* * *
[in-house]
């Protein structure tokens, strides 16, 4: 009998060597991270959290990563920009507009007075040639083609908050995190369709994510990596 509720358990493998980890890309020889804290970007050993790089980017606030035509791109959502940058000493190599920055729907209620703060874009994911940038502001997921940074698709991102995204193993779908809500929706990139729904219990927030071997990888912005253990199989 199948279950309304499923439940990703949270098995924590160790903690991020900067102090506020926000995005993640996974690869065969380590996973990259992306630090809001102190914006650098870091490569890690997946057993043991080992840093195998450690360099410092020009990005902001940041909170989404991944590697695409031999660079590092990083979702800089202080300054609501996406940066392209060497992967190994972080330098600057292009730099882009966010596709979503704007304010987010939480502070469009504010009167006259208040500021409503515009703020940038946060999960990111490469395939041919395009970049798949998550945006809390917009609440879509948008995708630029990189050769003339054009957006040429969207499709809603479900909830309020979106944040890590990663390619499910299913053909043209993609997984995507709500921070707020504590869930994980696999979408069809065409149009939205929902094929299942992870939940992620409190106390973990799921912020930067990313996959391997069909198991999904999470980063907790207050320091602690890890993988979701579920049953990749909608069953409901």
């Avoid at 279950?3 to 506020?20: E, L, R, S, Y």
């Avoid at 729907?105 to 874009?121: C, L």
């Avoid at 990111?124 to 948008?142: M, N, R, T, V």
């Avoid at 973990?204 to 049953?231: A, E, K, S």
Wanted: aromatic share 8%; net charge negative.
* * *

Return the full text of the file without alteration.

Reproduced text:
[in-house]
């Protein structure tokens, strides 16, 4: 009998060597991270959290990563920009507009007075040639083609908050995190369709994510990596 509720358990493998980890890309020889804290970007050993790089980017606030035509791109959502940058000493190599920055729907209620703060874009994911940038502001997921940074698709991102995204193993779908809500929706990139729904219990927030071997990888912005253990199989 199948279950309304499923439940990703949270098995924590160790903690991020900067102090506020926000995005993640996974690869065969380590996973990259992306630090809001102190914006650098870091490569890690997946057993043991080992840093195998450690360099410092020009990005902001940041909170989404991944590697695409031999660079590092990083979702800089202080300054609501996406940066392209060497992967190994972080330098600057292009730099882009966010596709979503704007304010987010939480502070469009504010009167006259208040500021409503515009703020940038946060999960990111490469395939041919395009970049798949998550945006809390917009609440879509948008995708630029990189050769003339054009957006040429969207499709809603479900909830309020979106944040890590990663390619499910299913053909043209993609997984995507709500921070707020504590869930994980696999979408069809065409149009939205929902094929299942992870939940992620409190106390973990799921912020930067990313996959391997069909198991999904999470980063907790207050320091602690890890993988979701579920049953990749909608069953409901």
């Avoid at 279950?3 to 506020?20: E, L, R, S, Y």
């Avoid at 729907?105 to 874009?121: C, L």
């Avoid at 990111?124 to 948008?142: M, N, R, T, V």
């Avoid at 973990?204 to 049953?231: A, E, K, S």
Wanted: aromatic share 8%; net charge negative.